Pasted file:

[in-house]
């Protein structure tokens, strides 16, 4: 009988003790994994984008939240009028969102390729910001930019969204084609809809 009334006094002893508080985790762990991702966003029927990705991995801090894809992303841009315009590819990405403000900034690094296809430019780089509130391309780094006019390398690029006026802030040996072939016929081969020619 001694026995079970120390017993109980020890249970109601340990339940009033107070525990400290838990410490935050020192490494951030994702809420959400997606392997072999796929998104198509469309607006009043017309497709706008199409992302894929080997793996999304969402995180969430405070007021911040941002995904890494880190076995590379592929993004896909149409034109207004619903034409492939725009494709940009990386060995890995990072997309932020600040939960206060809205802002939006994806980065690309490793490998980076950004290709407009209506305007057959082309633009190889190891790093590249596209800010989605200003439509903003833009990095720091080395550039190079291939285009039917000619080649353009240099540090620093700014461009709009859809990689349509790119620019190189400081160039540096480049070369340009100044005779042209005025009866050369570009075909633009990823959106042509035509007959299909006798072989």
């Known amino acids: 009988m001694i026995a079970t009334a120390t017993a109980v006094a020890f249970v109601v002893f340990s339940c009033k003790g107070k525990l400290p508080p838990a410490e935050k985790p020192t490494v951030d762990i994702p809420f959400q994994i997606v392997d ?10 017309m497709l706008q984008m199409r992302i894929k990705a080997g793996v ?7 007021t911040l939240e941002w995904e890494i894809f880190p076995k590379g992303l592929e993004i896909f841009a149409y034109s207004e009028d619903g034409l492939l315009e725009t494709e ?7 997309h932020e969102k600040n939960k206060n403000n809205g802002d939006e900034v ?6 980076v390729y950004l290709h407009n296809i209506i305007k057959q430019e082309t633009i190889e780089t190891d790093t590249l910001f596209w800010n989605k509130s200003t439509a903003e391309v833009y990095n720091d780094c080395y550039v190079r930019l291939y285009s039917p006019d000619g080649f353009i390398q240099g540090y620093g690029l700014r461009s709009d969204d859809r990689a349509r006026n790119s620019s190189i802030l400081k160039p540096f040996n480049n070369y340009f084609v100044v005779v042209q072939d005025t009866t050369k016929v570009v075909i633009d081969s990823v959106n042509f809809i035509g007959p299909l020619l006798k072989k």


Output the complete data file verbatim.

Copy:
[in-house]
């Protein structure tokens, strides 16, 4: 009988003790994994984008939240009028969102390729910001930019969204084609809809 009334006094002893508080985790762990991702966003029927990705991995801090894809992303841009315009590819990405403000900034690094296809430019780089509130391309780094006019390398690029006026802030040996072939016929081969020619 001694026995079970120390017993109980020890249970109601340990339940009033107070525990400290838990410490935050020192490494951030994702809420959400997606392997072999796929998104198509469309607006009043017309497709706008199409992302894929080997793996999304969402995180969430405070007021911040941002995904890494880190076995590379592929993004896909149409034109207004619903034409492939725009494709940009990386060995890995990072997309932020600040939960206060809205802002939006994806980065690309490793490998980076950004290709407009209506305007057959082309633009190889190891790093590249596209800010989605200003439509903003833009990095720091080395550039190079291939285009039917000619080649353009240099540090620093700014461009709009859809990689349509790119620019190189400081160039540096480049070369340009100044005779042209005025009866050369570009075909633009990823959106042509035509007959299909006798072989």
């Known amino acids: 009988m001694i026995a079970t009334a120390t017993a109980v006094a020890f249970v109601v002893f340990s339940c009033k003790g107070k525990l400290p508080p838990a410490e935050k985790p020192t490494v951030d762990i994702p809420f959400q994994i997606v392997d ?10 017309m497709l706008q984008m199409r992302i894929k990705a080997g793996v ?7 007021t911040l939240e941002w995904e890494i894809f880190p076995k590379g992303l592929e993004i896909f841009a149409y034109s207004e009028d619903g034409l492939l315009e725009t494709e ?7 997309h932020e969102k600040n939960k206060n403000n809205g802002d939006e900034v ?6 980076v390729y950004l290709h407009n296809i209506i305007k057959q430019e082309t633009i190889e780089t190891d790093t590249l910001f596209w800010n989605k509130s200003t439509a903003e391309v833009y990095n720091d780094c080395y550039v190079r930019l291939y285009s039917p006019d000619g080649f353009i390398q240099g540090y620093g690029l700014r461009s709009d969204d859809r990689a349509r006026n790119s620019s190189i802030l400081k160039p540096f040996n480049n070369y340009f084609v100044v005779v042209q072939d005025t009866t050369k016929v570009v075909i633009d081969s990823v959106n042509f809809i035509g007959p299909l020619l006798k072989k």